Lone Scherfig’s One Day is another on that increasingly frustrating list of movies that I liked, but wanted to love and didn’t quite. Oh, I think it’s certainly a good film—a good film that Focus Features has killed any chances for success by releasing it on too many screens at once—but it ought to have been a great one. Having spent two days trying to figure out why it doesn’t quite work, the best I can come up with is to blame everyone. By this, I mean that the writer, the director and the stars are all slightly at fault. No single one of them does anything that by itself thwarts the film’s ambitions—the writer comes closest—but each of them contributes enough small missteps that the aggregate becomes impossible to ignore.
The premise—and the hook—is simple. Emma (Anne Hathaway) and Dexter (Jim Sturgess) spend the night of college graduation—July 15—together and then part. (The story behind that parting isn’t revealed until late in the film). The film then drops in on them—sometimes they’re together, often they’re not—on future July 15ths over a period of 20 years. (People keep thinking this is somehow like Same Time Next Year and it isn’t in the least.) The idea is that we will learn about the two and, of course, wait for them to realize that they’re not only in love with each other, but are “meant” to be together. Conceptually, that’s both clever and daunting. In execution, it works in broad strokes, but doesn’t—at least for me—have the emotional punch it ought to have, not even when it takes its theoretically surprising turn.
It’s hard to fault the acting—and, no, I don’t give a damn whether or not Anne Hathaway has a real Yorkshire accent. Hathaway is as good as the role allows, but there’s only so much that can be done with Emma and the way the character is sketched in. We learn, for example, that she once called Dexter’s father (Ken Stott) a “bourgeois fascist,” but we never learn why, nor—apart from her self-conscious middle-class status—do we get a glimpse of her views that would lead to it. She—and the film—however are very adept at painting a picture of Emma as someone who “settles” for things. She nearly settles for working in a restaurant, she does settle for teaching rather than writing, and she settles for a nice, but terminally dull, boyfriend (Rafe Spall). In many respects, the major thing—despite the screenplay’s insistence on something else—that Dexter does for her is make it hard for her to settle.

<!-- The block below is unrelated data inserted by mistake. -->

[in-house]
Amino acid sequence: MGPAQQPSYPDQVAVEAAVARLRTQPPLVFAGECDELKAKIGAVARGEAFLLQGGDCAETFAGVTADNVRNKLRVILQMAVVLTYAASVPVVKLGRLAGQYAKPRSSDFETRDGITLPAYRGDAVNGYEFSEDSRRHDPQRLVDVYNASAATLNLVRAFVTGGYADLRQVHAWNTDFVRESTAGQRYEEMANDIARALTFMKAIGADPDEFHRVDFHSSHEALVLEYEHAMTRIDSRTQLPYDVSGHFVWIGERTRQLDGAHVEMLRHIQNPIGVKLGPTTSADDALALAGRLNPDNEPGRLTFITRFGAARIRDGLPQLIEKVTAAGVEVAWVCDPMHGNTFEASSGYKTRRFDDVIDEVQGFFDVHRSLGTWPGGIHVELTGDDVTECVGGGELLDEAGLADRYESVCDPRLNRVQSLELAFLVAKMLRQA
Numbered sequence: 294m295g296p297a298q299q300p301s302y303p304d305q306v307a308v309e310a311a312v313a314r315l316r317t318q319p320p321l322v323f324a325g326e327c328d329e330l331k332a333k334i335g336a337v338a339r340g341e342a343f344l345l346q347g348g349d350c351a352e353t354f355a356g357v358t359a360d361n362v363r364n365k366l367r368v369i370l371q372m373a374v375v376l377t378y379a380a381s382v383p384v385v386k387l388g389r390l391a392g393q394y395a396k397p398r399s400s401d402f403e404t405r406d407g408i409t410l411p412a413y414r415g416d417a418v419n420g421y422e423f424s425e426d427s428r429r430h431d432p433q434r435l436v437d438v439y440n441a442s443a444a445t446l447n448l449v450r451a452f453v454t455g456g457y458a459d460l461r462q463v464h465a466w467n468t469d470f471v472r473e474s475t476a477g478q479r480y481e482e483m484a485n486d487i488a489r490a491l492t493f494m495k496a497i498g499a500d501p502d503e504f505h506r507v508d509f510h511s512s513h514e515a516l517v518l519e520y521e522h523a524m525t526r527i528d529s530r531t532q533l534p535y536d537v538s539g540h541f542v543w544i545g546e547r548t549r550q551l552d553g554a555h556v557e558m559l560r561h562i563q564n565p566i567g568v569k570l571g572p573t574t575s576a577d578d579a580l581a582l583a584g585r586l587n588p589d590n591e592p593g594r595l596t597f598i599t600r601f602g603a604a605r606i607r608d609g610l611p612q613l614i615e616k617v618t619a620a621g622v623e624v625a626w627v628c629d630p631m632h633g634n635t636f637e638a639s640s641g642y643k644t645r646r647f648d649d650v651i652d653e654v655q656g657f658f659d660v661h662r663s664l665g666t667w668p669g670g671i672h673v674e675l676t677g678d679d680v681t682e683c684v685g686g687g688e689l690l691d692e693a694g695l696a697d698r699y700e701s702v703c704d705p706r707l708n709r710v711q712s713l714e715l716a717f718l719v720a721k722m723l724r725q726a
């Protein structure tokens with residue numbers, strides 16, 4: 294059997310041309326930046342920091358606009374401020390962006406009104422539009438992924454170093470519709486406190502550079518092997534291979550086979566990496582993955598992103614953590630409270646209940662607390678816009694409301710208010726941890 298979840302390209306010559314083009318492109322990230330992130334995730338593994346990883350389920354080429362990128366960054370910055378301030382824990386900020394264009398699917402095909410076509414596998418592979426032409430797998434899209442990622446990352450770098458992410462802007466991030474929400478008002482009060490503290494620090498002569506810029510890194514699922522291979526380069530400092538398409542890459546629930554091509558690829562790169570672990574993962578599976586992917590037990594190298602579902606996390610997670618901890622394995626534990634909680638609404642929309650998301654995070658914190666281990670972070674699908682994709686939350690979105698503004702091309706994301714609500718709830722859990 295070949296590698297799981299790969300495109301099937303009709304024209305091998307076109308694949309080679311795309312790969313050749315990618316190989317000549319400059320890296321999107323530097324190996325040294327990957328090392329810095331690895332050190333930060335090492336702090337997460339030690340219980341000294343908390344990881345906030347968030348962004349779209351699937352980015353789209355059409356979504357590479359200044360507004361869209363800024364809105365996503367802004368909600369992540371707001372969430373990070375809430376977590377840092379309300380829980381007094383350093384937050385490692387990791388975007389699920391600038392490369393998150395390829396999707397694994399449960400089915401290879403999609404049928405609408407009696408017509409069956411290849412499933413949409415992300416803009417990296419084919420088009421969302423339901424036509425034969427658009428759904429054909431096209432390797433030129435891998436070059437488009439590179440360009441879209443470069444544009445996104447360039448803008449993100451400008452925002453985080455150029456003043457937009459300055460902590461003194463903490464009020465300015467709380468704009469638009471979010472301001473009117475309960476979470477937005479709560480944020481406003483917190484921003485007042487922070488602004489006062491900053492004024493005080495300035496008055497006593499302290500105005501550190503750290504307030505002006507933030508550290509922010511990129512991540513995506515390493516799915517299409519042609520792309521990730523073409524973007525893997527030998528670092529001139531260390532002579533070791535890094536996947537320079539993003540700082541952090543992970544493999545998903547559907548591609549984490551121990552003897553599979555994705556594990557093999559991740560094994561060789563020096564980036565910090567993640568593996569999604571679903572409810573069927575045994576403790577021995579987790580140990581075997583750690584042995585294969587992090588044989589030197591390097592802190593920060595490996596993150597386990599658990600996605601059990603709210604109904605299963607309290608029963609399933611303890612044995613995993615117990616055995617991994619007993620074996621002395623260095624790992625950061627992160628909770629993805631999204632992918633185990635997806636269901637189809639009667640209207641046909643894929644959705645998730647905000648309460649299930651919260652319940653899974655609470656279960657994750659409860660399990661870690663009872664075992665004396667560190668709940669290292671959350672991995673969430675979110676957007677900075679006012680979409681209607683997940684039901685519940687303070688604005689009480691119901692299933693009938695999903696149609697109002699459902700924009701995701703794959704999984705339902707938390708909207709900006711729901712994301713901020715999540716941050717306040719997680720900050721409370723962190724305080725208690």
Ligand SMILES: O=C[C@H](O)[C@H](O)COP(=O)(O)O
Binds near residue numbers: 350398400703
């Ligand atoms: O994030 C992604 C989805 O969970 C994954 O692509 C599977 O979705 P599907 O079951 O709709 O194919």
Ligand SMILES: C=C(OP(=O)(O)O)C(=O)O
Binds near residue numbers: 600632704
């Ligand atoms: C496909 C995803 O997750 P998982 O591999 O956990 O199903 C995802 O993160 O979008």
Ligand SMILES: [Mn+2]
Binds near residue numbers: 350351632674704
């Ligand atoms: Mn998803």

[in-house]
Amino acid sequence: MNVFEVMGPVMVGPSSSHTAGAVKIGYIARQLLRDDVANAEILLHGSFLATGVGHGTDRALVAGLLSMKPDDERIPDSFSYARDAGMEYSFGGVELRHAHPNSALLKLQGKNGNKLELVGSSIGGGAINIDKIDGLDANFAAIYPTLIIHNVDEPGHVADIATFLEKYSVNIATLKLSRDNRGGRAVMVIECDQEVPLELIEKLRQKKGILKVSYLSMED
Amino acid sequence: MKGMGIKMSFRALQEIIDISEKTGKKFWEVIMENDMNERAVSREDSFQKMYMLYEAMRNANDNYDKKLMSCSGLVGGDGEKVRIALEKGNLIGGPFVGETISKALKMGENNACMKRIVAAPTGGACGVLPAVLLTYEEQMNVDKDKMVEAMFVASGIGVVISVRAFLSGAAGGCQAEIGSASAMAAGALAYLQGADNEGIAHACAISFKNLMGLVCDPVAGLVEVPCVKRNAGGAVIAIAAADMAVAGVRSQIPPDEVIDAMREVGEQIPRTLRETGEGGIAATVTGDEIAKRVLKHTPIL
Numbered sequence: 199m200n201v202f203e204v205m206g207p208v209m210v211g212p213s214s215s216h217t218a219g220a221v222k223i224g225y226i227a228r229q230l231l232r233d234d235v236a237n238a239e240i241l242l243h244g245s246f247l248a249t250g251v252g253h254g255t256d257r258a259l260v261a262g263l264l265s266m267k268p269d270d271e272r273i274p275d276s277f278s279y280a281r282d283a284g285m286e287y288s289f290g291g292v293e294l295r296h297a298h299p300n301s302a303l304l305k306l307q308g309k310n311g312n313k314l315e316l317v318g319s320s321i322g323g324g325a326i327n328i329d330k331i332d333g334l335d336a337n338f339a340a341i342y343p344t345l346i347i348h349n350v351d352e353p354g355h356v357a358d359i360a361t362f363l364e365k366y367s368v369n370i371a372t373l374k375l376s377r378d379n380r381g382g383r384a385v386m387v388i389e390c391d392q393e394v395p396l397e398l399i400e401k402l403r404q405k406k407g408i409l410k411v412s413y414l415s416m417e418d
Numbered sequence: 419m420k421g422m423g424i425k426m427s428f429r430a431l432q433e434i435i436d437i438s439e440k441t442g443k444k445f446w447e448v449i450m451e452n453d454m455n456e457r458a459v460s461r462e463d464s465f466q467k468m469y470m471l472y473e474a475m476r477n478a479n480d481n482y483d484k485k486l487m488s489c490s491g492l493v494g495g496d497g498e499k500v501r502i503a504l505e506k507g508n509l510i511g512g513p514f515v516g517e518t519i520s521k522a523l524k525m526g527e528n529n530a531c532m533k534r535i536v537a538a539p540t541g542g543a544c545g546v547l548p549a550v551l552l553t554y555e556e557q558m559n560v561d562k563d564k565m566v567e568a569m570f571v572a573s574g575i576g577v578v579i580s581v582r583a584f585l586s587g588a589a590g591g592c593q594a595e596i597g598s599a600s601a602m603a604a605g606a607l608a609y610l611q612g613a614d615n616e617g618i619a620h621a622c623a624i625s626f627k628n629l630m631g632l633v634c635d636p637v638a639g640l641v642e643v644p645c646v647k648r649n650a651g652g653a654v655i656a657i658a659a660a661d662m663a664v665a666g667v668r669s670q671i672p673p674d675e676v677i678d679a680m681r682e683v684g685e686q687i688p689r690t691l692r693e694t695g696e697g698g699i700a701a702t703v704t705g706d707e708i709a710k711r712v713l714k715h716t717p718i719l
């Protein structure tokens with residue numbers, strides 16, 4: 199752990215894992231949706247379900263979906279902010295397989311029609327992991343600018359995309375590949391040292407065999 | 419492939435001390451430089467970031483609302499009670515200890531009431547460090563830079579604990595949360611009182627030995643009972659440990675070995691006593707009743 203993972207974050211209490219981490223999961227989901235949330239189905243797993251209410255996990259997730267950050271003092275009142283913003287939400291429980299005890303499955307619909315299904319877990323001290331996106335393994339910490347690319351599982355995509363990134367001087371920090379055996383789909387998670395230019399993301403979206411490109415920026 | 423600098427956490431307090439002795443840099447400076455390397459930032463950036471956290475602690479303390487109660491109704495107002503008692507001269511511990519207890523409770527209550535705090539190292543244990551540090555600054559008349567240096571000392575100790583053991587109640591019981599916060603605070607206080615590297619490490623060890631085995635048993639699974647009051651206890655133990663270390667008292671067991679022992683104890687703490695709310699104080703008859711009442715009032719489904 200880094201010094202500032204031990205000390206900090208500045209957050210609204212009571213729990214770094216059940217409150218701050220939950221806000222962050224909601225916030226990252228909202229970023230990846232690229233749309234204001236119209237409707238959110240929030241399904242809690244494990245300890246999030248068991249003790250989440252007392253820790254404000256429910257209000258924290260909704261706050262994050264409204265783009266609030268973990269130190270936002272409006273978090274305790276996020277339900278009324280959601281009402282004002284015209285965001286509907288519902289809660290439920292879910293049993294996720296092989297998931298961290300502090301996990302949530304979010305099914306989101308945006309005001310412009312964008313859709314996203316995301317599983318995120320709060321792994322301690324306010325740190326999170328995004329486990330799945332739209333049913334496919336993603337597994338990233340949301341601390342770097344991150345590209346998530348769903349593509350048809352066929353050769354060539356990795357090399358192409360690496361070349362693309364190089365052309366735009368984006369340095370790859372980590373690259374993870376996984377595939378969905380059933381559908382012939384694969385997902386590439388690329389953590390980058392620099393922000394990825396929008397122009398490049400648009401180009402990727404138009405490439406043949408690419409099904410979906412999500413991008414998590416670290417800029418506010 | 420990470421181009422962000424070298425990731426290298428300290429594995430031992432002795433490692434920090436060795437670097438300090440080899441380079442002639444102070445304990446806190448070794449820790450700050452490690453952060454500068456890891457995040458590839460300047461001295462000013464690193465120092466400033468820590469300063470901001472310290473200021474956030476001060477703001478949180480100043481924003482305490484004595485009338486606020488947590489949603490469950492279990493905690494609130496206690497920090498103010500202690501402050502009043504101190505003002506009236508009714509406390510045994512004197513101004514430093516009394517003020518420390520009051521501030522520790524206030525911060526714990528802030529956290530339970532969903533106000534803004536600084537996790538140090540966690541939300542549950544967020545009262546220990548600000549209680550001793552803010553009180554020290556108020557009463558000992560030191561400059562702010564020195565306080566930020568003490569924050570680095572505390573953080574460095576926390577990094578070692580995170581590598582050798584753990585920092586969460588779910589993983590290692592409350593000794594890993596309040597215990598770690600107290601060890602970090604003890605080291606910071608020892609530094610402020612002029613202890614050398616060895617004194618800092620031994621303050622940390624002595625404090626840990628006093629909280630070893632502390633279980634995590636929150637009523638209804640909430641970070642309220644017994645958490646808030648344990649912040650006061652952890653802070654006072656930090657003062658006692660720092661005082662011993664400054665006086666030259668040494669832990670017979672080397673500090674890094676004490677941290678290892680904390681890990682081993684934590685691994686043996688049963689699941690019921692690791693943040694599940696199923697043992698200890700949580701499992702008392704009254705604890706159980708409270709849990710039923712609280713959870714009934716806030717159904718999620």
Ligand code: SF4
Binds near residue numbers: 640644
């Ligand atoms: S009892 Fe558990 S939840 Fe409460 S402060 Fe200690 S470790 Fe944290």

Dexter himself is a trickier proposition. It takes his mother (Patricia Clarkson) a good while to conclude he’s “no longer a nice person,” and even longer for Emma to decide, “I still love you, Dex, but I don’t like you anymore.” (No, that’s not a spoiler, that’s way before the ending.) It takes the viewer much less time to conclude that Dexter is pretty much a self-absorbed jerk. Jim Sturgess barely manages to skate by the middle sections of the film on his innate likableness, but only barely. The film—and the fact that he looks increasingly battered—rectifies this, but a somewhat sour taste for the narcissistic, spoiled rich boy turned smarmy TV host remains.
The worst of it, though, is the facile manner in which everything is tidied up through a single improbable conversation that I can’t reveal here. And then we have another case of a movie that seems to have not one ending, but a series of them. Any one would have been fine, but taken one after another, I ended up feeling like W.C. Fields being subjected to endless choruses of a song in The Old Fashioned Way (1934)—to a point where I nearly muttered, “Oh, you’re really finished this time”—which is not, I’m sure, what was intended. But don’t misunderstand, I did like the movie. I did admire the attempt at something different. And I do think it a shame that it will never have the time to find its audience in the way a limited release might have afforded it. Catch it while you can. Rated PG-13 for sexual content, partial nudity, some violence and substance abuse.